Who are the candidates? Who is the favourite to win?
The recent polls suggest that two candidates to be running close at the front, independent centrist Emmanuel Macron and far rightist Marine Le Pen. A lot of ink has been spilled over the probability that Le Pen, on a wave of populism, might ride to the Elysee Palace. But given Macron’s new-found fame experts have suggested that if this close fight ends up going to the runoffs on May 7, he will simply ride over her. Meanwhile, there is a chance that Jean-Luc Melenchon, an anti-capitalist firebrand or Francois Fillion, a Margaret Thatcherite might make wild card entries into the race.
Major candidates and respective parties: Marine Le Pen – National Front | Emmanuel Macron – En Marche! | Francois Fillon – The Republicans | Jean-Luc Melenchon – Unsubmissive France | Benoit Hamon – Socialist Party
Minor candidates and respective parties: Nathalie Arthaud – Lutte Ouvriere | Nicolas Dupont-Aignan – Debout la France | Jacques Cheminade – Solidarity and Progress | Francois Asselineau – Popular Republican Union | Philippe Poutou – New Anticapitalist Party | Jean Lassalle – Resistons!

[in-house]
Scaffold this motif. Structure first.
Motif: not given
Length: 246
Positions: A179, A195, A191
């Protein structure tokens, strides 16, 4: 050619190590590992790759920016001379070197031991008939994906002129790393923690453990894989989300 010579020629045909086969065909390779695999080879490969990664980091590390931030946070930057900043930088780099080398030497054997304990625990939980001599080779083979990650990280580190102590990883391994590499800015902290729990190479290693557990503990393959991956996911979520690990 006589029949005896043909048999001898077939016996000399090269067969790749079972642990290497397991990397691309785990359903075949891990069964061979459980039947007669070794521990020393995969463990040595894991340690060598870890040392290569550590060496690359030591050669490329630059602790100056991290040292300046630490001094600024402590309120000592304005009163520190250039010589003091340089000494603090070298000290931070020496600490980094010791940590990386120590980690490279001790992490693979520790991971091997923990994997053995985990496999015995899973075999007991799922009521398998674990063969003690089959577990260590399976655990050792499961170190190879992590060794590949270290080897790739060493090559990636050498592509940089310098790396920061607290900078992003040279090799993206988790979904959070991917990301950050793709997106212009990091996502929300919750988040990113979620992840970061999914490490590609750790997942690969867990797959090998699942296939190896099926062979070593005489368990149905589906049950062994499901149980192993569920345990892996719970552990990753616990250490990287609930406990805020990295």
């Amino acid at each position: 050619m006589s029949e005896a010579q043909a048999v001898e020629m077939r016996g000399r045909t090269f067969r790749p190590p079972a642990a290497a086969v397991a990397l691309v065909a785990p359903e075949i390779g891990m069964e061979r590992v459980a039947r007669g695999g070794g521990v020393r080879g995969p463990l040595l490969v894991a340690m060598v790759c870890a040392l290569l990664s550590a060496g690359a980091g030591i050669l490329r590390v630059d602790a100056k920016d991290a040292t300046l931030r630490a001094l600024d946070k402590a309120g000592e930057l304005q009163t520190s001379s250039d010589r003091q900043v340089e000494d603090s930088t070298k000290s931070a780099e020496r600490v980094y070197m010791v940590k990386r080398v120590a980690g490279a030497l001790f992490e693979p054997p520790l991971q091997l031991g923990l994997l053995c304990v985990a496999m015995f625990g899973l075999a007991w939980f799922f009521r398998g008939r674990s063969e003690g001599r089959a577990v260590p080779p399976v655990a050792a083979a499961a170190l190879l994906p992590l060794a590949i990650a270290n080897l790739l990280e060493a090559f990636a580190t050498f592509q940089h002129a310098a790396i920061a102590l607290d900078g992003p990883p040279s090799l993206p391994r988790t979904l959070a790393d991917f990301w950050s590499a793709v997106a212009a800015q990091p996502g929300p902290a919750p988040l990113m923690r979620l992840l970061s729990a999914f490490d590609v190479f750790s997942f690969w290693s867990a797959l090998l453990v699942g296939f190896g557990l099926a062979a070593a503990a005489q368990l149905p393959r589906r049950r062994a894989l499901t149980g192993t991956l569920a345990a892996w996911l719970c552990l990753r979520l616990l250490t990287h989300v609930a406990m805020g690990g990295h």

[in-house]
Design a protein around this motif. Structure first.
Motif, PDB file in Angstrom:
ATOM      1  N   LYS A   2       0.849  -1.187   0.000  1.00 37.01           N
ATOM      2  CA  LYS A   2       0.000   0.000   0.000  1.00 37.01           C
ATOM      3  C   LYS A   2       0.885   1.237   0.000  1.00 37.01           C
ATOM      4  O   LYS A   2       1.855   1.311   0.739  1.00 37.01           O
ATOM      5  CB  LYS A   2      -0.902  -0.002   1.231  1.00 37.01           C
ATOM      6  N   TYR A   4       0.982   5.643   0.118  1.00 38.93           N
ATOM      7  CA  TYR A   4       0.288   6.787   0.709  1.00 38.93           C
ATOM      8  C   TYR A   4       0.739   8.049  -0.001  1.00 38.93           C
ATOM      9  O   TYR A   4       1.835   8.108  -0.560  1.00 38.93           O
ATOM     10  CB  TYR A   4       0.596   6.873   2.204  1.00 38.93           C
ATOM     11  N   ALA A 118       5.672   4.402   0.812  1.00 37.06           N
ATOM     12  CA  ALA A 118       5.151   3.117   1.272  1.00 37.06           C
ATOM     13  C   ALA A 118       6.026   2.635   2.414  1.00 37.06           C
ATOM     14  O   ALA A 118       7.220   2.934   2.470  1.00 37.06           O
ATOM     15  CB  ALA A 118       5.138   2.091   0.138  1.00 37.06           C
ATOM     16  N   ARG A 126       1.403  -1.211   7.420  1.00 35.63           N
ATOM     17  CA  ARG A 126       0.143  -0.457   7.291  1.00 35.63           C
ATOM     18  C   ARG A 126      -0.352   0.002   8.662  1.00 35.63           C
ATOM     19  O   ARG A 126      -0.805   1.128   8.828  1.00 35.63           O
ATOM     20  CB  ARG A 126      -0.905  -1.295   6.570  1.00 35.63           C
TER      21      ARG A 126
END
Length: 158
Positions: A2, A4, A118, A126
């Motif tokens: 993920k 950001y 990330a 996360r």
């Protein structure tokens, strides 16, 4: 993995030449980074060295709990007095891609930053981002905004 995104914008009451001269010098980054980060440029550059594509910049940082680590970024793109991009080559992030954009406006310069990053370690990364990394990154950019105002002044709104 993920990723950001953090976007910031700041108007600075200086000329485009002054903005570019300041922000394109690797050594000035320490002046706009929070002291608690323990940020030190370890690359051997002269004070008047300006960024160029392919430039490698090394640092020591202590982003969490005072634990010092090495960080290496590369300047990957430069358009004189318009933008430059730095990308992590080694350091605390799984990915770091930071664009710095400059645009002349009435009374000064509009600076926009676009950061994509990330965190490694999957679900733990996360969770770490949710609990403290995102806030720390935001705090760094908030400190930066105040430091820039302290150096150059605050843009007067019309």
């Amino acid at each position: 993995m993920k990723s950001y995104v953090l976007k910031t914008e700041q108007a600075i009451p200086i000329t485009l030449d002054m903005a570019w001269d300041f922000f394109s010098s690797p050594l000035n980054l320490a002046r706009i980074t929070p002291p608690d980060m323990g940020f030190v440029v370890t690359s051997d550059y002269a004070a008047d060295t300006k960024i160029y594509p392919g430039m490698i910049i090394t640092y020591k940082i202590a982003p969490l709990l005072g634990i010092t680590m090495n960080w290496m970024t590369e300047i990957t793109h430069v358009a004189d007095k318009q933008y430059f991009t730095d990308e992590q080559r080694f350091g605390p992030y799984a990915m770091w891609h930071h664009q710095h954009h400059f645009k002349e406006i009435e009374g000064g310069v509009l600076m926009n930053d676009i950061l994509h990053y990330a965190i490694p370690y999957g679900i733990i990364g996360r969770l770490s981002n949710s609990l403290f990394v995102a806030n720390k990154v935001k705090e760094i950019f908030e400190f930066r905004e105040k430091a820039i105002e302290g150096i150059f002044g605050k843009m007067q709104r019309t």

What do people expect from the next president?
According to reports, there are more than 45 million voters in France. The French are expecting the new person to take better national safety measures, upgrade its economy, monitor a social safety net and revamp the labour market.
How will it affect France, the Europen Union, and the world?
France is a nuclear power, the world’s sixth largest economy and a permanent member of the United Nations Security Council. It is also a very old US ally. France is also reportedly the world’s most visited nation. It is considered an epitome of democracy ever since the French Revolution, and decisions on foreign policies regarding friendship with Russia and towards the European Union can vastly affect the future. Following Britain’s exit from the EU, there has been a widespread debate on “Frexit” too. Le Pen and Melenchon, for variedly different reasons, are in favour of a renegotiations regarding the position of the country in the Union. If such talks fail, France may see a referendum on the issue. There is reportedly discontent in France regarding globalisation and immigration, which has been highlighted even more since the Presidential polls in the US when Donald Trump got elected. That event also boosted Le Pen’s chances, as her party, National Front witnessed renewed confidence. But she too has smartly managed to distance herself from Trump since the Syrian airstrikes by the US. Le Pen has been known for her hard stance on immigration and has garnered a lot of eyeballs because of her statements regarding France losing its identity. For her, France is for the French. Even Melenchon wants to pull France out of the EU, Euro currency zone, and maybe even the NATO, which essentially indicates the European future and trans-Atlantic alliance too. Meanwhile, Macron is the best for a pro-EU leader. He is a new guy in the movement, who believes in the free flow of trade, trusts in globalisation and the bloc.